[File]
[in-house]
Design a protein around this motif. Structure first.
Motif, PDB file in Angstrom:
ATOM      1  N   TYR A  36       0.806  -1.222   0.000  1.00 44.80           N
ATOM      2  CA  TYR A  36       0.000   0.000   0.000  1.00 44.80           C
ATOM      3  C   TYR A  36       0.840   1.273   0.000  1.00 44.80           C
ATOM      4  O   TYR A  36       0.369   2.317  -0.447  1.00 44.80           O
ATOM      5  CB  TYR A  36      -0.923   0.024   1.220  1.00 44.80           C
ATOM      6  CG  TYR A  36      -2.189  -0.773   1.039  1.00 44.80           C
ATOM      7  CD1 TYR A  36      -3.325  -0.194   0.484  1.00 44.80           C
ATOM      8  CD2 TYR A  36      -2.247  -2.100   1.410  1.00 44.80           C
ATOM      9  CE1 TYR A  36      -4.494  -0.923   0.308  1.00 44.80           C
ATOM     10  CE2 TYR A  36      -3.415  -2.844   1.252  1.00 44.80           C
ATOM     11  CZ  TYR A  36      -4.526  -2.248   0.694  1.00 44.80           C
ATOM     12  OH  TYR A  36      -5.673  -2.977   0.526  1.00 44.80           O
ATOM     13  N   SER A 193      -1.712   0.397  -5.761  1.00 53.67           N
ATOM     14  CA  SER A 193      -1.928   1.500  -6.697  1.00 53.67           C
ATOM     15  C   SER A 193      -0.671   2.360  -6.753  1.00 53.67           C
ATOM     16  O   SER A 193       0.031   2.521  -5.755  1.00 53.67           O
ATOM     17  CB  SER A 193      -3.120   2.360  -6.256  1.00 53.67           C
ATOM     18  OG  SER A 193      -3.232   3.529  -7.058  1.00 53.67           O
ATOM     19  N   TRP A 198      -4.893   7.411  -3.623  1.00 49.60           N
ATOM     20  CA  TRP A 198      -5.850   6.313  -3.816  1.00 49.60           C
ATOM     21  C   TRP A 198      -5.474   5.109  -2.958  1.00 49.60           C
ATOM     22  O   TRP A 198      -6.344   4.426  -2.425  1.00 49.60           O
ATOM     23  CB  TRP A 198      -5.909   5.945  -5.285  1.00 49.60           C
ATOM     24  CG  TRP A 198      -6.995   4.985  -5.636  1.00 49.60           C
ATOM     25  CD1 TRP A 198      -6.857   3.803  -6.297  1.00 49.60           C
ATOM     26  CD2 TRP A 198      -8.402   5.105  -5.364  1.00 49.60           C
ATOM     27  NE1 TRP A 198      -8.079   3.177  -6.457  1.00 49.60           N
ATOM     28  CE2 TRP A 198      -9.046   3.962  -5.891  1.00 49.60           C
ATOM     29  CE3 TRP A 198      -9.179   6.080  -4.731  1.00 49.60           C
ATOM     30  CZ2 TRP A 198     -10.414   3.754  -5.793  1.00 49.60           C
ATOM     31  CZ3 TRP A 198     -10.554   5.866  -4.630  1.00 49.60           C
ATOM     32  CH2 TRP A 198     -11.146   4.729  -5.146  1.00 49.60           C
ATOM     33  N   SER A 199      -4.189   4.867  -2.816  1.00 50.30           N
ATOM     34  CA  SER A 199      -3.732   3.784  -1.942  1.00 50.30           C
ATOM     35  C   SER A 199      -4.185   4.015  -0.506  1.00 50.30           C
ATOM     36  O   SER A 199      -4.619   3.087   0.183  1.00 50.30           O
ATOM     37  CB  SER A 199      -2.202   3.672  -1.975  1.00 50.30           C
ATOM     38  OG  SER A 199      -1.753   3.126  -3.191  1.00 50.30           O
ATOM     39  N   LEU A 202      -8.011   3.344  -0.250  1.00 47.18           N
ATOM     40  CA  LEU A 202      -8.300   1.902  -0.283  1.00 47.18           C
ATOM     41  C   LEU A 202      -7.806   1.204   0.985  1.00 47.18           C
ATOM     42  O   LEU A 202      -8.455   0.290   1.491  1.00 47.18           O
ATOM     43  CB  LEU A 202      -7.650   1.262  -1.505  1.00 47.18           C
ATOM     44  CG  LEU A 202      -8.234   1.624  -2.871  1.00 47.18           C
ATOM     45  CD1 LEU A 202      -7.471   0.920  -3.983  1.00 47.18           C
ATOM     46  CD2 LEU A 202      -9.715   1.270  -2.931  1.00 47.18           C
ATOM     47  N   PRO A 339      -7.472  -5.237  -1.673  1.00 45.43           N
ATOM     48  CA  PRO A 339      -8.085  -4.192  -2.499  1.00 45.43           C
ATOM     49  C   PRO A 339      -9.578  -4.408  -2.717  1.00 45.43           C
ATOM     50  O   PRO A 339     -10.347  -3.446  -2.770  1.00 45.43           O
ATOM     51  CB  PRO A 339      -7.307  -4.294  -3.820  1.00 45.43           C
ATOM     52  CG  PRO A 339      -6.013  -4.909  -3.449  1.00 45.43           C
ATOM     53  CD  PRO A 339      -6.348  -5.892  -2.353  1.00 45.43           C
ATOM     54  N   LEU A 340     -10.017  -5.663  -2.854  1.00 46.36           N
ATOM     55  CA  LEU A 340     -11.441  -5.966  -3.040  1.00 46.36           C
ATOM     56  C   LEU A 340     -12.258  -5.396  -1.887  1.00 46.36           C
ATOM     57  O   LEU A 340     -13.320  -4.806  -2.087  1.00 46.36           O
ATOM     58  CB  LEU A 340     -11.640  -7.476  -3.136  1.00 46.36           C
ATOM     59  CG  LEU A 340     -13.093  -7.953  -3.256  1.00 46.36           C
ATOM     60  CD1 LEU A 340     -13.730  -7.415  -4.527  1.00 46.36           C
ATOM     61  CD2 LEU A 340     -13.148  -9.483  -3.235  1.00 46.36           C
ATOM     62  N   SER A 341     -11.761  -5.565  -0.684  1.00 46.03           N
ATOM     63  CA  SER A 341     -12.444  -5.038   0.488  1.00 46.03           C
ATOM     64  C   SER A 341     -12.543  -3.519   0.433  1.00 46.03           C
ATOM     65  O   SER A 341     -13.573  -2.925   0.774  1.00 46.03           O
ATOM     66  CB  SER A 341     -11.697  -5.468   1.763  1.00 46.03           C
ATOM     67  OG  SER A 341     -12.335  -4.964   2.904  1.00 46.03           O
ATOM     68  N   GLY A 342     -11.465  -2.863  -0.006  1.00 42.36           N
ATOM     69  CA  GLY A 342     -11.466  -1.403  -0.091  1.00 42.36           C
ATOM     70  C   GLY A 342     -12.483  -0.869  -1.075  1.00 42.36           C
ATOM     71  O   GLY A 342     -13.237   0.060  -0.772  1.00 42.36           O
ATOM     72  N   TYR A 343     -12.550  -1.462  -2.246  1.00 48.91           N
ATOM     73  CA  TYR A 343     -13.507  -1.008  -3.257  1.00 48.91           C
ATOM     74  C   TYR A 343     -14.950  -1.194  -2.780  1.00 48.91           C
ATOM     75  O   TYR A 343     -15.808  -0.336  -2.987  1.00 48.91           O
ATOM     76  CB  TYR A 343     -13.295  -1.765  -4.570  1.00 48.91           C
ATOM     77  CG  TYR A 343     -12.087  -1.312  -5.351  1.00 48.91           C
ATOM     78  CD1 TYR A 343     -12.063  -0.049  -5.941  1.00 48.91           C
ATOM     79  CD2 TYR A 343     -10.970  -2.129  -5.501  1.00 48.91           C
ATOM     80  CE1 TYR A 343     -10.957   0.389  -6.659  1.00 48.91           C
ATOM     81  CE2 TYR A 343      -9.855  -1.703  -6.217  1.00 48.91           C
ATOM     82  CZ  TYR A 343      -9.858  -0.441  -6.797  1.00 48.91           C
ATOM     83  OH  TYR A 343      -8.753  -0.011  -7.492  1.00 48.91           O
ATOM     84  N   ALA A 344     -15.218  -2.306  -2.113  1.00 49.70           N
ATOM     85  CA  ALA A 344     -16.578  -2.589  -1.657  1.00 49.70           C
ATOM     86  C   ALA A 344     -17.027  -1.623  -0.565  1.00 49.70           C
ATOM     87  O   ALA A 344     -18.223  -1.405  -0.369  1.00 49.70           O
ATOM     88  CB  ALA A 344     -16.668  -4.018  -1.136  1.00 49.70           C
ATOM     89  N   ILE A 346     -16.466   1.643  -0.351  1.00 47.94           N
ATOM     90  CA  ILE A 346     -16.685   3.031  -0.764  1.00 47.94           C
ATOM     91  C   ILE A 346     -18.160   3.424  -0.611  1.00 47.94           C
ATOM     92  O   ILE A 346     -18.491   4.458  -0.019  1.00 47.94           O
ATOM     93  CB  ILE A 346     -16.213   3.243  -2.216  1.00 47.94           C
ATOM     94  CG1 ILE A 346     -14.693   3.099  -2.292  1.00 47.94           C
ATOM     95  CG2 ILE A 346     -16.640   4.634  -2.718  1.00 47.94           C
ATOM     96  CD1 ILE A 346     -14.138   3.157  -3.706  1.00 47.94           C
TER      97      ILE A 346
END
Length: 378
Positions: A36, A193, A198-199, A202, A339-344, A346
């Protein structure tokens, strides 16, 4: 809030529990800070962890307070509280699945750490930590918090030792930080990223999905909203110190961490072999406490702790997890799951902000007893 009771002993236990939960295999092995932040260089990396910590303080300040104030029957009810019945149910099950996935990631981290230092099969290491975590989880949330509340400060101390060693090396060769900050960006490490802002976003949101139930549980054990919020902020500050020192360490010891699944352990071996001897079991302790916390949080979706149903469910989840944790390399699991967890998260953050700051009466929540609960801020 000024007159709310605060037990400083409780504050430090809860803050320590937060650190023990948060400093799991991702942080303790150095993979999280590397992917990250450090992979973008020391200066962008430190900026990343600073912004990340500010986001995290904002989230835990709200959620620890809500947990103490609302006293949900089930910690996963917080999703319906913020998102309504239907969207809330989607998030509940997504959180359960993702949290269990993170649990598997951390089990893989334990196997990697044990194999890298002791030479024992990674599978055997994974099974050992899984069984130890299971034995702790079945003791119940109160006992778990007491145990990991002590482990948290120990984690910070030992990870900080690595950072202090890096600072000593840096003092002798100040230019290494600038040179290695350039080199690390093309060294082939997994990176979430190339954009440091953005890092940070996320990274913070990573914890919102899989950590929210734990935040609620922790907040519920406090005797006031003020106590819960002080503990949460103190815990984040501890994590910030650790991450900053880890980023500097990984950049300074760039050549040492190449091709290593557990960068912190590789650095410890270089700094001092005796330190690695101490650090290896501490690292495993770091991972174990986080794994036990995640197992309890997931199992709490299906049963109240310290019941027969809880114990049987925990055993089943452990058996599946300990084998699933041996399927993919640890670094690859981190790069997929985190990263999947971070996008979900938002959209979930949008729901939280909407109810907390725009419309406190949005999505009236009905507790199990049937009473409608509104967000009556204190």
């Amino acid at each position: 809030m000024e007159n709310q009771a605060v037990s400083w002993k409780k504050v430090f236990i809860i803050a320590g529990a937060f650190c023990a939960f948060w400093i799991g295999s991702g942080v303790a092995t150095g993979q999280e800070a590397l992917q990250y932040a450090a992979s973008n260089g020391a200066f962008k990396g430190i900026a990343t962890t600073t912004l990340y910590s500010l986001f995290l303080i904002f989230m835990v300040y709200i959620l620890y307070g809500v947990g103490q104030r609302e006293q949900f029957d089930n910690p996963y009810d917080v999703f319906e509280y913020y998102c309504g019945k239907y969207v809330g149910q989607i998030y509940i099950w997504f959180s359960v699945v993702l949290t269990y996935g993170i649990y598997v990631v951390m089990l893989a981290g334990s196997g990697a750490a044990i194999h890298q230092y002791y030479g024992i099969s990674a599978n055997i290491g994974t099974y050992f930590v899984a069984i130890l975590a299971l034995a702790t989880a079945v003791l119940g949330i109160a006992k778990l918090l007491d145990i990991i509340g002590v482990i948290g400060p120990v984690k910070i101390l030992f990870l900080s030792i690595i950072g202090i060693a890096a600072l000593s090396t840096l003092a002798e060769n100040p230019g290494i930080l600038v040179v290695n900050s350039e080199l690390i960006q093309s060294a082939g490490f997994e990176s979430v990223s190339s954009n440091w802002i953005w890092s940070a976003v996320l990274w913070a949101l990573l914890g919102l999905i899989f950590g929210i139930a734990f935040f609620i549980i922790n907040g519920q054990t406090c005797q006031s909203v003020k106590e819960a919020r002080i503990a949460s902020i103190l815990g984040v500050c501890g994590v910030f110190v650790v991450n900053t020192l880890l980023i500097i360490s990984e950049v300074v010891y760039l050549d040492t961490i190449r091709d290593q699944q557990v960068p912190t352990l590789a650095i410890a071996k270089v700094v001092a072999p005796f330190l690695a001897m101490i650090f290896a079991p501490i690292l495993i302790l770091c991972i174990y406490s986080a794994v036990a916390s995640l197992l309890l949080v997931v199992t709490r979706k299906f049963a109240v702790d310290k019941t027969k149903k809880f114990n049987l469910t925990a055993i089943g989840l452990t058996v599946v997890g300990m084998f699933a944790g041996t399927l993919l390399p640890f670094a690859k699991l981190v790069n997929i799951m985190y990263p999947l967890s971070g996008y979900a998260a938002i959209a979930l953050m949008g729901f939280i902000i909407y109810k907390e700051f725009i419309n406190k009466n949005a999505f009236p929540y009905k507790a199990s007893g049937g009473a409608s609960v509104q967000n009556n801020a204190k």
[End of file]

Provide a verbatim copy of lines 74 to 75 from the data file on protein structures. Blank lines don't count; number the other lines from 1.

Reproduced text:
ATOM     71  O   GLY A 342     -13.237   0.060  -0.772  1.00 42.36           O
ATOM     72  N   TYR A 343     -12.550  -1.462  -2.246  1.00 48.91           N